Across the environment and political climate, storms are brewing in today’s Bwoglines.

Happening in the World: North Korea fired two short-range ballistic missiles toward its eastern waters early Sunday morning, the seventh round of weapons tests in the past two weeks. The missiles, which flew 350 kilometers (217 miles) before landing in the water between the Korean Peninsula and Japan, came hours after the US and South Korea finished performing naval drills off the Korean Peninsula. North Korea’s Defense Ministry has said its recent missile tests are a “righteous action” in response to military drills performed between South Korea and the US. Japanese State Minister for Defense Toshiro Ino has since stated that such activities are “absolutely unacceptable” and pose a threat to international peace and security. (AP)

Happening in the US: The number of gray whales migrating across North America’s Pacific Coast has dropped 40 percent since 2016, from 27,000 to 16,650. This year’s 217 newborns also marked the fewest calves produced on record, down from 383 calves last year. Gray whales are one of the largest animals on Earth and annually migrate 10,000 miles from their feeding grounds in the Arctic to their breeding grounds in Baja Mexico. Researchers at the National Oceanic and Atmospheric Research Association (NOAA) are ongoing in their investigation of the causes behind this downward trend, reporting that low population numbers are partially reflected by environmental changes that alter the gray whale’s diet. (US News)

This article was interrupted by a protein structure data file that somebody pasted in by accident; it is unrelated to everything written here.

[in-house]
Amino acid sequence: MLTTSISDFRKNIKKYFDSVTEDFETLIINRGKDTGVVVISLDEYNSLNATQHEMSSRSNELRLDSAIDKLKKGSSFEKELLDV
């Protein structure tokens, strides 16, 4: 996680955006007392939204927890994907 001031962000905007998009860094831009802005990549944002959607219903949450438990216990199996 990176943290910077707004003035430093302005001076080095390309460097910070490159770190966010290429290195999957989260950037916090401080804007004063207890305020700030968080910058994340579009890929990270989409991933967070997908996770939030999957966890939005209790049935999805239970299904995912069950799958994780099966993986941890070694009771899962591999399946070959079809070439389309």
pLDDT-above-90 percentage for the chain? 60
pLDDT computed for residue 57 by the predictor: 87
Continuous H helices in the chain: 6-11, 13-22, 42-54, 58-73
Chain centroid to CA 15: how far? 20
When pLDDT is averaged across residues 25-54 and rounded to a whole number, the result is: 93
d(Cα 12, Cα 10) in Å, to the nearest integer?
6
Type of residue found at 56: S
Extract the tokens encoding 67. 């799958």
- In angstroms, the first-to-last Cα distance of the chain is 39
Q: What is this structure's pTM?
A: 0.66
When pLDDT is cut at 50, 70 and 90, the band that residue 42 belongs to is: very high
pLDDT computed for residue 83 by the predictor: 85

Happening in NYC: The Climate Museum has opened a pop-up exhibition in SoHo entitled “Someday, all of this” by David Opdyke that will remain on display from now until December 22. Founded in 2015, the nonprofit is currently searching for a permanent home in the city, and has an active history of using climate change-themed artwork and interactive exhibits to encourage civic dialogue and collective action against the climate crisis. Entry to the SoHo exhibition is free and reservations are suggested. (Gothamist)

Happening in Our Community: Ukrainian-American portrait photographer and storyteller Sasha Maslov is the artist behind the photo exhibit “Scorched Earth, Broken Lives,” which records the resistance, sacrifice, and destruction facing Ukrainian communities all over the country in the face of the war. “Scorched Earth, Broken Lives” will be open to the public from 9 am to 5 pm tomorrow, Monday, October 10, and will be in the Harriman Institute Atrium located on the 12th floor of the International Affairs building. No registration or tickets necessary for entry.

Stormy skies via Wikimedia Commons